Brexit: Problems and opportunities for Europe's tech startups
(30 Nov 2018) LEADIN:
Brexit, it’s a challenge, but also sometimes an opportunity for startup companies, say attendees at Berlin’s TechCrunch Disrupt event.
While some startups say they decided to move their companies out of the UK to other EU countries following the Brexit vote, others say the falling pound makes hiring in London more affordable.
At TechCrunch Disrupt startup event in Berlin, one of the hot topics is Brexit.
The startup scene is fluid, with founders and staff often moving between different European countries, their target market being inherently European or global.
The United Kingdom leaving the EU – on 29 March 2019 – presents challenges, especially for companies based in the UK, says Mike Butcher, TechCrunch’s editor at large.
“Brexit is very worrying for the technology sector because it’s really about two things – access to money and access to talent,” he says.
“One of the great things about being a member of the EU was that the UK had access to an enormous amount of talent in the EU.
“It’s still up in the air how those high-skilled people are going to be allowed in to the country, there’s no real visibility about this at the moment.”
One startup founder who decided to leave their London base after the Brexit vote in June 2016 is Australian Stephanie Brennan, founder of Evarvest, an international investment service.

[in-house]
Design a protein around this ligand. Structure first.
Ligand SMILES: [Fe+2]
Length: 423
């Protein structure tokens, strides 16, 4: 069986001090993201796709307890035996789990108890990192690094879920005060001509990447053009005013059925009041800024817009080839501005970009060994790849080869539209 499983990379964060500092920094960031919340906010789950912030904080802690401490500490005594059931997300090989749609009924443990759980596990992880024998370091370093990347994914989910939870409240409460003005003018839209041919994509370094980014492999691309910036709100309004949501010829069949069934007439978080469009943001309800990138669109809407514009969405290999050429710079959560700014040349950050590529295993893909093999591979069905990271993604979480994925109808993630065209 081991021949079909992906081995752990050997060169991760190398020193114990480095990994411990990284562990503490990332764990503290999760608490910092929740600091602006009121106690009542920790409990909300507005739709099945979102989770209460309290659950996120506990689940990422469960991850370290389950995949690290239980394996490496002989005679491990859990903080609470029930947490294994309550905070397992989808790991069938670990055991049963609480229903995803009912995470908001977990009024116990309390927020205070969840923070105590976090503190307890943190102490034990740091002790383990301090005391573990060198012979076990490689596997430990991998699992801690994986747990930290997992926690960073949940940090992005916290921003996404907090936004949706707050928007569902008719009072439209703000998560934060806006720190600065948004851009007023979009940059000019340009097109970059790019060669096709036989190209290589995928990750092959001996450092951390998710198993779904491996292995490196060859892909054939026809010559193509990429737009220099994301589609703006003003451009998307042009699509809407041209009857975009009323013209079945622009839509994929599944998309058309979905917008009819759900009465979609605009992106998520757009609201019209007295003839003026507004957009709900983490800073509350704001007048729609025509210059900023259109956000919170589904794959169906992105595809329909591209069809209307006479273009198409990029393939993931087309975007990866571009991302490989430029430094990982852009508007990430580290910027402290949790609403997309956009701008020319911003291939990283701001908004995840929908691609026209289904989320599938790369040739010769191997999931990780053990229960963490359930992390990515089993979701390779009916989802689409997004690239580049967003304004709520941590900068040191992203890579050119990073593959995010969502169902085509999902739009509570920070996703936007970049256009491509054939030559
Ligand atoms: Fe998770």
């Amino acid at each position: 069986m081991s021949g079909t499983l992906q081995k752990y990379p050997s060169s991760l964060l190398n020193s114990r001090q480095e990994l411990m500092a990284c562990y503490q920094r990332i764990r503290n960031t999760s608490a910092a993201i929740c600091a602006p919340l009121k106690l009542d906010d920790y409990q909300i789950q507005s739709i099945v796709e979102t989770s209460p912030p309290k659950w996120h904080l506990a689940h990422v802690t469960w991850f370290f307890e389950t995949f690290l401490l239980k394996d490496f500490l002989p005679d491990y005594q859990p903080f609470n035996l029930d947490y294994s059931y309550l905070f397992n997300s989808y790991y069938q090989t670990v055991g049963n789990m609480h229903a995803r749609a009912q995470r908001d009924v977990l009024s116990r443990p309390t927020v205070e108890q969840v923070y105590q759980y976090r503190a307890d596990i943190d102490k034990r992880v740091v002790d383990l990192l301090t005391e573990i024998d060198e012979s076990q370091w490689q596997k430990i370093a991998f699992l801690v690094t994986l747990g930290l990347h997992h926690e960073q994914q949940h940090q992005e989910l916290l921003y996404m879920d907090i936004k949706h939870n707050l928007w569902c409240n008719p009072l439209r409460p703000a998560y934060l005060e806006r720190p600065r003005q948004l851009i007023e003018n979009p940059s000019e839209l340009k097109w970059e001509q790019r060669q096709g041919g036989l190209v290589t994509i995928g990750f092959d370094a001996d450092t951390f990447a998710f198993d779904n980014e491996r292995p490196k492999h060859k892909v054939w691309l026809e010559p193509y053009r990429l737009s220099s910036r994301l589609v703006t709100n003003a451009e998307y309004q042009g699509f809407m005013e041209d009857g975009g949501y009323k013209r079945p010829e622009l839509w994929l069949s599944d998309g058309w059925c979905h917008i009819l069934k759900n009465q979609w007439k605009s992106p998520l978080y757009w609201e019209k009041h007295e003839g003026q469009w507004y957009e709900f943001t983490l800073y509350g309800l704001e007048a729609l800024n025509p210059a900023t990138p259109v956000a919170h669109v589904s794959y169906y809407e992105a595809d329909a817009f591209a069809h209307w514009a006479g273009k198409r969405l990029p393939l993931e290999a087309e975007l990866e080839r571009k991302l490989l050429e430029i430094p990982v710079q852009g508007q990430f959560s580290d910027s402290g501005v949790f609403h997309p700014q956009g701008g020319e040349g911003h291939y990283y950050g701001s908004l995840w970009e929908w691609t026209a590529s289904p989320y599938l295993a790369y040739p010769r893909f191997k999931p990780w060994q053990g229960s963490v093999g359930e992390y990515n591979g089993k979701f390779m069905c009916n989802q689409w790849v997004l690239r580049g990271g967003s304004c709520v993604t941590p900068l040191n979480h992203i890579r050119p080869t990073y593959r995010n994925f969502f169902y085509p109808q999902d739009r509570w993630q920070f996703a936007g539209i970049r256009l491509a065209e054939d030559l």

She’s now set up the company in Vilnius, Lithuania, a city that’s becoming a Fintech hub.
“We moved to Lithuania to be able to access the European market,” she says.
“So, of course, we will still be expanding in to the UK, but for us it is a little bit more challenging now with Brexit.”
Imburse is headquartered in Geneva, Switzerland, but most of the developers are based in London.
For the company, Brexit has so far been positive, says co-founder South African Oliver Werneyer.
“Quite honestly, it’s been good for us,” he says.
“We are based out of Switzerland, paying people in the UK. As the pound has depreciating, actually the salaries are getting lower and lower for us. So, it’s becoming more and more affordable to have the teams in London.”
Zhana Dar, the Israeli founder of Fin.do, an international transactions company, says one of the reasons she decided to set-up her company in Lithuania was based in part because of the Brexit vote.
“We tried to understand if there are risks involved,” she says.
“And considering that there were risks involved, we decided that it’s better to take a safer approach.”
TechCrunch Disrupt is a startup event organised by San Francisco-based TechCrunch, a technology news website.
The company holds Disrupt events throughout the world, which have included London, Nairobi and Lagos.
TechCrunch Disrupt Berlin winds up 30 November.
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